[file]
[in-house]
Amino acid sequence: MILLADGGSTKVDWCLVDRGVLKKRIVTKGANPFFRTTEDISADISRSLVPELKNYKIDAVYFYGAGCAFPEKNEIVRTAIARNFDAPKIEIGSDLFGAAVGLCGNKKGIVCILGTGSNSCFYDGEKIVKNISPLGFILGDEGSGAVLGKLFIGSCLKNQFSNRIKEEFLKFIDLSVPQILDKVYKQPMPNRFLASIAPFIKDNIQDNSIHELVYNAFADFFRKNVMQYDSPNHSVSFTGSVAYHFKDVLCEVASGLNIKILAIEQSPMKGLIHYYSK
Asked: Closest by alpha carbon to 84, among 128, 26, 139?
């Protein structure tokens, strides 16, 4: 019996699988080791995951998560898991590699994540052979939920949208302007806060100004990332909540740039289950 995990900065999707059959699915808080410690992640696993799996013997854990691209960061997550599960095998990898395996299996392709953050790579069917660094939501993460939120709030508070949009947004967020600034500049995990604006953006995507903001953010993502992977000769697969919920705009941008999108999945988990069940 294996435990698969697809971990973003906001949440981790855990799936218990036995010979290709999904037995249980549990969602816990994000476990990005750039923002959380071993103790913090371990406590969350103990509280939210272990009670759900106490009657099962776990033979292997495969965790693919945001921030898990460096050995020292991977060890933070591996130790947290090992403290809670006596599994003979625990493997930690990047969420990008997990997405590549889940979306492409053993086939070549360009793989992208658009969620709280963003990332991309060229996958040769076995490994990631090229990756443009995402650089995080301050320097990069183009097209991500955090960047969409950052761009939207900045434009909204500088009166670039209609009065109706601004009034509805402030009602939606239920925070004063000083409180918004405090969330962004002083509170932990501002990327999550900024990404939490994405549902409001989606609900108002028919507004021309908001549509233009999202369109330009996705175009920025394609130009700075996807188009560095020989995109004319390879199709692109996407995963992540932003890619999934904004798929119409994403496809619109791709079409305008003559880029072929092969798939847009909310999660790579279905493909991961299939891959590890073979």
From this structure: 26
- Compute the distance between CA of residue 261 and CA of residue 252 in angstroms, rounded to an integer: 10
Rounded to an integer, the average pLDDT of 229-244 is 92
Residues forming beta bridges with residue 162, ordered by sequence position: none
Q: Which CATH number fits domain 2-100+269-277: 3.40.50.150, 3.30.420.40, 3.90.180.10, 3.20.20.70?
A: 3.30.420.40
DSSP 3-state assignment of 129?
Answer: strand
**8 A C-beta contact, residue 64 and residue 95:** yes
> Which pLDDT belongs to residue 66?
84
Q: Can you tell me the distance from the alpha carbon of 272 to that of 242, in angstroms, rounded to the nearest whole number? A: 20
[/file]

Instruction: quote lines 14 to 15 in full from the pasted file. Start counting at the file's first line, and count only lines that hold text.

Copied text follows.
> Which pLDDT belongs to residue 66?
84